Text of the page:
Proof of concept of moving thru casing resistivity apparatus. Annual report, October 1, 1990--September 30, 1991 [electronic resource].
- Washington, D.C. : United States. Dept. of Energy, 1991.
Oak Ridge, Tenn. : Distributed by the Office of Scientific and Technical Information, U.S. Dept. of Energy.
- Physical Description:
- 5 pages : digital, PDF file
- Additional Creators:
- United States. Department of Energy
United States. Department of Energy. Office of Scientific and Technical Information
- This is a continuing research effort into the new field of measuring the resistivity of geological formations from within cased wells. Original research objectives are summarized as follows: Additional data confirming the feasibility of technology is to be taken in a test well with the existing stophold-and-lock apparatus which is called the Through Casing Resistivity Apparatus (``TCRA``). the already existing TCRA will then be modified mechanically and new electronic components will be fabricated to test the concept of a moving apparatus called the Moving Through Casing Resistivity Apparatus (``MTCRA``); Additional data confirming the feasibility of the technology has been obtained with the existing stop-hold-and-lock Through Casing Resistivity Apparatus (``TCRA``). Data was obtained at the frequency of 1 Hz. The vertical spacing of each voltage measurement electrode pair was approximately 57 inches. The data proves the following: the technology works as generally outlined in various patents on the subject; the cement surrounding the well does not cause substantial measurement difficulties in formations having resistivities above 10 ohm-meters; and the data shows that thin beds can be resolved. The Moving Test Jig is a laboratory instrument which realistically simulates measurements to be done later downhole. It was designed, built, and has undergone many months of testing. The Moving Test Jig has electrodes which engage the interior of a rusty, piece of test casing. It is pulled through the rusty piece of test casing at various speeds of up to about 5 feet per minute. Electrical resistors on the outside of the casing allow conduction of A.C. current off the outside of the test pipe which can be directly measured. The Moving Test Jig then measures these currents independently with the technology developed under the DOE Grant. Agreement among these measurements means that we are properly measuring the parameters necessary to calculate the resistive of formations.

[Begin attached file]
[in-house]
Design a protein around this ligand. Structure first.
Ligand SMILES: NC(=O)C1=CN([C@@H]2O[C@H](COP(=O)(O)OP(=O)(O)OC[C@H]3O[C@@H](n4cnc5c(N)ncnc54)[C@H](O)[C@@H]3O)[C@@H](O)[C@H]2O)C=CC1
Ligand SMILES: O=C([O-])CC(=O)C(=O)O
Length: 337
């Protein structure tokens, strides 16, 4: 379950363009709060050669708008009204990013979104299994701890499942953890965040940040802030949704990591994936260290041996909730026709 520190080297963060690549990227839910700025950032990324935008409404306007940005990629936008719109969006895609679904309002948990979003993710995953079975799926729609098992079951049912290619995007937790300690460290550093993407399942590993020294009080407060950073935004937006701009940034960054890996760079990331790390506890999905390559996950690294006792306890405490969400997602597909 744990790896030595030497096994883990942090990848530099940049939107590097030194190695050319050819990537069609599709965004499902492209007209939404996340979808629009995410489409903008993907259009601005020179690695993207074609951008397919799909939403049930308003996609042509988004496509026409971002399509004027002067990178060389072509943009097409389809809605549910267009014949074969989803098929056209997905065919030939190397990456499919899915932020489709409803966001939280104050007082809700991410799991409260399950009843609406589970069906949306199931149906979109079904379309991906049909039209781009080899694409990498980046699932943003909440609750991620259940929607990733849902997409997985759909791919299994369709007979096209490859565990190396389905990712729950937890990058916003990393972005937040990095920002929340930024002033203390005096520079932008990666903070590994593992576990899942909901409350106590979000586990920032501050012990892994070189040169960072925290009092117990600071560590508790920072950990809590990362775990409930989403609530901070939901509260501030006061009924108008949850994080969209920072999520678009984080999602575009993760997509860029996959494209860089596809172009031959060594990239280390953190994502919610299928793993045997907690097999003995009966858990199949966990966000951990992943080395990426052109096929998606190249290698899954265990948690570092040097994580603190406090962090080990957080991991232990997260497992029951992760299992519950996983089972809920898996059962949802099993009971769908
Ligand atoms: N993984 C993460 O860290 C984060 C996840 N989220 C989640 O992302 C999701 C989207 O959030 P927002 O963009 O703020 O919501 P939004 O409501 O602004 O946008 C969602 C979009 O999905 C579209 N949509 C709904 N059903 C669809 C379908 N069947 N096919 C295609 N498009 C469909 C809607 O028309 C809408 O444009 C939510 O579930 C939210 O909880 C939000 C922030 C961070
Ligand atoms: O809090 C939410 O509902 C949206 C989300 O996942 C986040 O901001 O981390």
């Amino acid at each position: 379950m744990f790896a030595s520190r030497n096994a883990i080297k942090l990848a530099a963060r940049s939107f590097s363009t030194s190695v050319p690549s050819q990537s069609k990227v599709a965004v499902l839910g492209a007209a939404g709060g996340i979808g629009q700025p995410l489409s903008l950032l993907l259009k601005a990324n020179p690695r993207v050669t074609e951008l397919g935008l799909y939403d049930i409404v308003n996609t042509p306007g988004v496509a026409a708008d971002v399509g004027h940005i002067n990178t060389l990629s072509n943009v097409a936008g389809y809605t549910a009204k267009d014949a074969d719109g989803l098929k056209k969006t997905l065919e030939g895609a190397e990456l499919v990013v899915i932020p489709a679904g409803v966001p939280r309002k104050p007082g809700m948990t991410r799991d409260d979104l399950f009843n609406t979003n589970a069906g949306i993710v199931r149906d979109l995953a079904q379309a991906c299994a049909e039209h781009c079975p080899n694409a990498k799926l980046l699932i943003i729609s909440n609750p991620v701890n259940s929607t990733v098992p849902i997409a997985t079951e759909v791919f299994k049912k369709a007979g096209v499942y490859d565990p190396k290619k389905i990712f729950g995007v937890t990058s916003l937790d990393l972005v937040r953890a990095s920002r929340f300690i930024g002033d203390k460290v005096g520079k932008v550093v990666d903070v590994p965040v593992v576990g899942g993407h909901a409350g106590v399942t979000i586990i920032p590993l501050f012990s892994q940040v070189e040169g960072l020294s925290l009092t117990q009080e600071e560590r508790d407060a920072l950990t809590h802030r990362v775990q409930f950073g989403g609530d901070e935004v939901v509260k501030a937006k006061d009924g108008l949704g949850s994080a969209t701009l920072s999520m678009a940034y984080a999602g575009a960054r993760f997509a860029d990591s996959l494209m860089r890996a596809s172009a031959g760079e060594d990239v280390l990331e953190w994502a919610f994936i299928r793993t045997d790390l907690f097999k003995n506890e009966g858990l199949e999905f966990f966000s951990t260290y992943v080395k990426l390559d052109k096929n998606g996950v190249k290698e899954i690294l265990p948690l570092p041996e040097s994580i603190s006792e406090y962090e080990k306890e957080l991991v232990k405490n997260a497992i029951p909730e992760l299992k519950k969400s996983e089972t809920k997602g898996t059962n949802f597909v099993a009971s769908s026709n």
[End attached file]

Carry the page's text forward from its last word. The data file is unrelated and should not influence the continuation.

- Published through SciTech Connect.
ParaMagnetic Logging, Inc., Woodinville, WA (United States)
- Funding Information:
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